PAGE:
Issue 16: Family

Invitation for Reader Submission

A few ideas to get Started

There are many ways to tell a story about quilts and family! While we are looking forward to reading stories about special family quilts passed down through the generations, we are especially interested in stories with a unique perspective on the topic of quilts and family. 

Below are some of the types of family quilt stories we’re looking for; each category has a few questions that might spark an idea for you. You do not have to answer one of these questions in your submission. These are only meant to provide inspiration for those needing a little help to get started — we want you to surprise us.

Finally, you do not have to be a quiltmaker to have a family quilt story! As long as the story is yours to tell, we hope you’ll share it with us.

Learning and Teaching

So much of quiltmaking is about giving and receiving — and it all starts with someone sharing knowledge of the craft.

  • Are you the “quilt teacher” in your family? What has that experience been like for you and for your “students”? Are there people in your family you’d like to teach? Who and why?
  • Did a family member teach you how to make quilts? Who was that person? Tell us all about her (or him!) Did you learn willingly — or did you drag your feet?
  • Is there a “legacy” quilt in your family? One that tells your family’s story better than any other? What makes the quilt — and the family — so unique?
  • Does your family have a collection of family quilts through the generations? Tell us about the quilts in the collection: who made them, where they came from, who has them now, etc.

Traditions of Making and Giving

There are traditions and rituals in quiltmaking that bind us together and impart meaning into our quilts. 

  • Do members of your family receive (or make) a certain type of quilt for special occasions? Who started this tradition? Why does it matter to your family? Will the next generation carry it on?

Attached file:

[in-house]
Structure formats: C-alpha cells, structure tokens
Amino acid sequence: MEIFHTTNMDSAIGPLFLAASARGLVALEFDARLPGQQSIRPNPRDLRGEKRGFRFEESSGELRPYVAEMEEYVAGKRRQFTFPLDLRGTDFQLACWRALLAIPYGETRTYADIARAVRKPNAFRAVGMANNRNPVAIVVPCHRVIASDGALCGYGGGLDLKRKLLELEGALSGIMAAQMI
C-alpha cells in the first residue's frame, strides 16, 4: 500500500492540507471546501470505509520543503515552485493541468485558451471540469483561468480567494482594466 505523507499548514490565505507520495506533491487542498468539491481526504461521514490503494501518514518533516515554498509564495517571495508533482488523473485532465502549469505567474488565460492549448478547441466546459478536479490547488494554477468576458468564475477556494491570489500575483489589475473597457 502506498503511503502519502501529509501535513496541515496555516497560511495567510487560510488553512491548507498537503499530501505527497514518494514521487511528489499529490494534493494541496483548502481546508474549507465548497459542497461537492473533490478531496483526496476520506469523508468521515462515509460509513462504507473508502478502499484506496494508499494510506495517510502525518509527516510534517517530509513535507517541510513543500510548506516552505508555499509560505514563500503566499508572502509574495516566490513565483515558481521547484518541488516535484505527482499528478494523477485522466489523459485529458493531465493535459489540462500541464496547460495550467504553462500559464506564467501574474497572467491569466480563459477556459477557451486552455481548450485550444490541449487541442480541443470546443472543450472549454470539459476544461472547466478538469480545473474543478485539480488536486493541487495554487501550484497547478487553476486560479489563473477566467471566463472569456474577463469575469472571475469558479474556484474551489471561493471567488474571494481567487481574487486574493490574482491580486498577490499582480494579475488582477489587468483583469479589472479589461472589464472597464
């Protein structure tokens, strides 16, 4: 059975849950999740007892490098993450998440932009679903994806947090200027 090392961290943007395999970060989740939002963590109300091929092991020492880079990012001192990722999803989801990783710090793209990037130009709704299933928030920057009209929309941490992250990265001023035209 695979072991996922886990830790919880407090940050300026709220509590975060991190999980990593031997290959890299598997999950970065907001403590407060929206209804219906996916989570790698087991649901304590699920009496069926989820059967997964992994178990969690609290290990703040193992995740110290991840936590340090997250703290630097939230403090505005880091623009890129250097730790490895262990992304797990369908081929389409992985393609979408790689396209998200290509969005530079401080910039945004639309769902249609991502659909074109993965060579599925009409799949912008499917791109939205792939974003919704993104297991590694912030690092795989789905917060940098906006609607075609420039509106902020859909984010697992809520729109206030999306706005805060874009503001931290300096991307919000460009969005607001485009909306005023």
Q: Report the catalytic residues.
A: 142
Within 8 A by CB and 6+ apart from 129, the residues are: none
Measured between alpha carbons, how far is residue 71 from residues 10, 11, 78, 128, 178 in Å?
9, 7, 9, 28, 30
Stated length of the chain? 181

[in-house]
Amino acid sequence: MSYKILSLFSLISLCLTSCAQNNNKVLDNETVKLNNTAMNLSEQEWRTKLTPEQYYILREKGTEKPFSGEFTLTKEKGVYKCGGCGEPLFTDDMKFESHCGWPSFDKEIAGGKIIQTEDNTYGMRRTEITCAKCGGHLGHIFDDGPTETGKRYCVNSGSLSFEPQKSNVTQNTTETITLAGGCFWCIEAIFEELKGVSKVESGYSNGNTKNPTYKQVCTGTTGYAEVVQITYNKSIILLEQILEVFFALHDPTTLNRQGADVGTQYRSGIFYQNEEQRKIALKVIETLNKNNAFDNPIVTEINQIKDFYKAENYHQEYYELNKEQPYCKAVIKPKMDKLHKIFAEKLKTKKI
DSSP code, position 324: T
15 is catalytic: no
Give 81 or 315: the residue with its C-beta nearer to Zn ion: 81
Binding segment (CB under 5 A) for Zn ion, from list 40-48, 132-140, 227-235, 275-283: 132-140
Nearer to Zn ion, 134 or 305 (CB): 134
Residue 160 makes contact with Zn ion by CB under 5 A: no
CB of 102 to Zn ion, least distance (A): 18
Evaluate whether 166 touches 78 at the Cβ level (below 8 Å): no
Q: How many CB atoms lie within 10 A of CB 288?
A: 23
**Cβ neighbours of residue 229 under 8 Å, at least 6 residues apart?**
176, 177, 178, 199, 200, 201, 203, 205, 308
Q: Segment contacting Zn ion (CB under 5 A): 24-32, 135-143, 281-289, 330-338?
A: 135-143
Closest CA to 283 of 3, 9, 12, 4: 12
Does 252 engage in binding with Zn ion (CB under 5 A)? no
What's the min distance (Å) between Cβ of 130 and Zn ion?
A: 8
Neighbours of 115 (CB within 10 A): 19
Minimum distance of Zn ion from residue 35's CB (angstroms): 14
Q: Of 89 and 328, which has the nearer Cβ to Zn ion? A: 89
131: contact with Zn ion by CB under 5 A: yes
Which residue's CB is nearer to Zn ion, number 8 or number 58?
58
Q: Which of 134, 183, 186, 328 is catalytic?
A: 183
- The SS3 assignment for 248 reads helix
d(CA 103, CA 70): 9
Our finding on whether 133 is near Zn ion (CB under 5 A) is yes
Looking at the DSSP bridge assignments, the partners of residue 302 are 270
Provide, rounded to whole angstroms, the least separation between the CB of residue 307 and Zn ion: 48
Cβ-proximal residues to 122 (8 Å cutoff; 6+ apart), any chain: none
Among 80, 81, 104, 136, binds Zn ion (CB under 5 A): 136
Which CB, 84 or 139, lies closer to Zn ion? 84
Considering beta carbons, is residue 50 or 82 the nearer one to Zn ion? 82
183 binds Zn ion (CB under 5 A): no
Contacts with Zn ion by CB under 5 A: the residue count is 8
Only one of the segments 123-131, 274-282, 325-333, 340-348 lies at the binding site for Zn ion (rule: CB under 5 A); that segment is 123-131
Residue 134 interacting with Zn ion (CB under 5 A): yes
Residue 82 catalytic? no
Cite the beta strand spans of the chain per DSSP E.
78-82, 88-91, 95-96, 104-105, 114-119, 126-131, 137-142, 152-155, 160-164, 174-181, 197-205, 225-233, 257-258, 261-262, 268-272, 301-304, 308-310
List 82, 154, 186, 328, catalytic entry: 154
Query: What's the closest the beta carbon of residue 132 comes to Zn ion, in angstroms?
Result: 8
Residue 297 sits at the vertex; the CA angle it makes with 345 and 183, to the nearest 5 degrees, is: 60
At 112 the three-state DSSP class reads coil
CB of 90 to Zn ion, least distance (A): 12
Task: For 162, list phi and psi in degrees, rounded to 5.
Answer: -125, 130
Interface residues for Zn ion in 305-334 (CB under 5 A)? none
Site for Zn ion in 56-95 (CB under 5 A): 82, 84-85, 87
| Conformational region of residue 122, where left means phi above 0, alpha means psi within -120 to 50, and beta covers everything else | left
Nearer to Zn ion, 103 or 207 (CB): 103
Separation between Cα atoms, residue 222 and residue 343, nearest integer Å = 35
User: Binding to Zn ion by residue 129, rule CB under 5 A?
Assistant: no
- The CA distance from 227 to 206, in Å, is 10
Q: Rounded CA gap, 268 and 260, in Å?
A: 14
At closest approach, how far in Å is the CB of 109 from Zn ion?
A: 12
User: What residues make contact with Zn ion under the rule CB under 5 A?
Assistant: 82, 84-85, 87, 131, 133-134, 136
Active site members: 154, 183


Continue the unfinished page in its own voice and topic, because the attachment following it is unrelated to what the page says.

• Is there a quilt in your family that was made for a distinctive or unusual occasion? Tell us what happened and what part the quilt plays in the story.
  • Have you ever been given a quilt by a family member? Were you glad to receive it? Or was it a burden? (Note: Burdens can be emotional, physical, or aesthetic!)

Different Types of Family Quilts

Many quilts are made “just because,” but others mark births, deaths, graduations, weddings, housewarmings, or as encouragement for family members who are ill or otherwise struggling.

  • “Mourning” quilts are made to remember or memorialize someone; often times this is a family figure. Tell us the story of a mourning quilt in your family.
  • Baby quilts! All babies (and their quilts) are special, of course, but if you’ve got an unusual, extra-unique story to tell about a baby quilt, we’d love to hear it. 

Other Ways Family Quilts Tell a Compelling Story

  • Is there a long, unbroken line of quilters in your family tree? How many generations worth of quilters do you know about and how are they linked? Do a surprising number of your relatives who quilt win ribbons and other prizes? Does anyone keep track of them as a family collection?
  • Are your family quilts compelling because they tell your family story in an unusual and especially vivid way?
  • Do you own a family quilt about which you could say: “Just looking at this one quilt tells everything you need to know about our family.” Tell us about it!
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